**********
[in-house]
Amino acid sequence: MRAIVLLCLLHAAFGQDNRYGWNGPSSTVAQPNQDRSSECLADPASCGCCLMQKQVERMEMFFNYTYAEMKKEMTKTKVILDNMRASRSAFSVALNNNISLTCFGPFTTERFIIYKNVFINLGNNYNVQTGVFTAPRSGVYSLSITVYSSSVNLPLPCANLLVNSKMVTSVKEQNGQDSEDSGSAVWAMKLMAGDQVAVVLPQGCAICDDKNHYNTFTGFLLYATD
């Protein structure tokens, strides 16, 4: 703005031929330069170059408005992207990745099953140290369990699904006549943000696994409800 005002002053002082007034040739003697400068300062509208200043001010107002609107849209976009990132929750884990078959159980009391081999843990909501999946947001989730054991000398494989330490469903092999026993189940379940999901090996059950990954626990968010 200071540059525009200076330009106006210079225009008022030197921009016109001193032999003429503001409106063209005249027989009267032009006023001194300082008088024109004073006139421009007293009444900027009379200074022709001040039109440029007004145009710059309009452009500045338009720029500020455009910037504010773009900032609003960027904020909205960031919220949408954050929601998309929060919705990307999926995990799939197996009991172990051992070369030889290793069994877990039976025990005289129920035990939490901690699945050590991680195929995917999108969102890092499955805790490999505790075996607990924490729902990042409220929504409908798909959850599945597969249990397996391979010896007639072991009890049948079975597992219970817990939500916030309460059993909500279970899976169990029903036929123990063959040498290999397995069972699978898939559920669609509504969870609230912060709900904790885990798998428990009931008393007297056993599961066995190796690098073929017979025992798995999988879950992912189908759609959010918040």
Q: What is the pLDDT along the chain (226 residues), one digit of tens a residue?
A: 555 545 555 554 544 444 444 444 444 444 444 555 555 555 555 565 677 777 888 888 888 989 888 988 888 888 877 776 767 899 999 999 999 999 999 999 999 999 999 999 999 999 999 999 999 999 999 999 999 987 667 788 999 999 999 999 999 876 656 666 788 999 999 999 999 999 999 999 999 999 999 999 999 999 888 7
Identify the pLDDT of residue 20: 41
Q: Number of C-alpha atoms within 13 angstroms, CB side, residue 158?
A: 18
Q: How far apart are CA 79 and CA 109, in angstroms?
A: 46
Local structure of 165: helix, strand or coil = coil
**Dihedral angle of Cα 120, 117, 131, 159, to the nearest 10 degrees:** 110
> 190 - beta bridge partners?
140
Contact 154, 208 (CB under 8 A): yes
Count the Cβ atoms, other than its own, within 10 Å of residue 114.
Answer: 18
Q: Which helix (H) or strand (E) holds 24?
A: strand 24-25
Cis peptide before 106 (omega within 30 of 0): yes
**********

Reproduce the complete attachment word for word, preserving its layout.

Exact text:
[in-house]
Amino acid sequence: MRAIVLLCLLHAAFGQDNRYGWNGPSSTVAQPNQDRSSECLADPASCGCCLMQKQVERMEMFFNYTYAEMKKEMTKTKVILDNMRASRSAFSVALNNNISLTCFGPFTTERFIIYKNVFINLGNNYNVQTGVFTAPRSGVYSLSITVYSSSVNLPLPCANLLVNSKMVTSVKEQNGQDSEDSGSAVWAMKLMAGDQVAVVLPQGCAICDDKNHYNTFTGFLLYATD
């Protein structure tokens, strides 16, 4: 703005031929330069170059408005992207990745099953140290369990699904006549943000696994409800 005002002053002082007034040739003697400068300062509208200043001010107002609107849209976009990132929750884990078959159980009391081999843990909501999946947001989730054991000398494989330490469903092999026993189940379940999901090996059950990954626990968010 200071540059525009200076330009106006210079225009008022030197921009016109001193032999003429503001409106063209005249027989009267032009006023001194300082008088024109004073006139421009007293009444900027009379200074022709001040039109440029007004145009710059309009452009500045338009720029500020455009910037504010773009900032609003960027904020909205960031919220949408954050929601998309929060919705990307999926995990799939197996009991172990051992070369030889290793069994877990039976025990005289129920035990939490901690699945050590991680195929995917999108969102890092499955805790490999505790075996607990924490729902990042409220929504409908798909959850599945597969249990397996391979010896007639072991009890049948079975597992219970817990939500916030309460059993909500279970899976169990029903036929123990063959040498290999397995069972699978898939559920669609509504969870609230912060709900904790885990798998428990009931008393007297056993599961066995190796690098073929017979025992798995999988879950992912189908759609959010918040």
Q: What is the pLDDT along the chain (226 residues), one digit of tens a residue?
A: 555 545 555 554 544 444 444 444 444 444 444 555 555 555 555 565 677 777 888 888 888 989 888 988 888 888 877 776 767 899 999 999 999 999 999 999 999 999 999 999 999 999 999 999 999 999 999 999 999 987 667 788 999 999 999 999 999 876 656 666 788 999 999 999 999 999 999 999 999 999 999 999 999 999 888 7
Identify the pLDDT of residue 20: 41
Q: Number of C-alpha atoms within 13 angstroms, CB side, residue 158?
A: 18
Q: How far apart are CA 79 and CA 109, in angstroms?
A: 46
Local structure of 165: helix, strand or coil = coil
**Dihedral angle of Cα 120, 117, 131, 159, to the nearest 10 degrees:** 110
> 190 - beta bridge partners?
140
Contact 154, 208 (CB under 8 A): yes
Count the Cβ atoms, other than its own, within 10 Å of residue 114.
Answer: 18
Q: Which helix (H) or strand (E) holds 24?
A: strand 24-25
Cis peptide before 106 (omega within 30 of 0): yes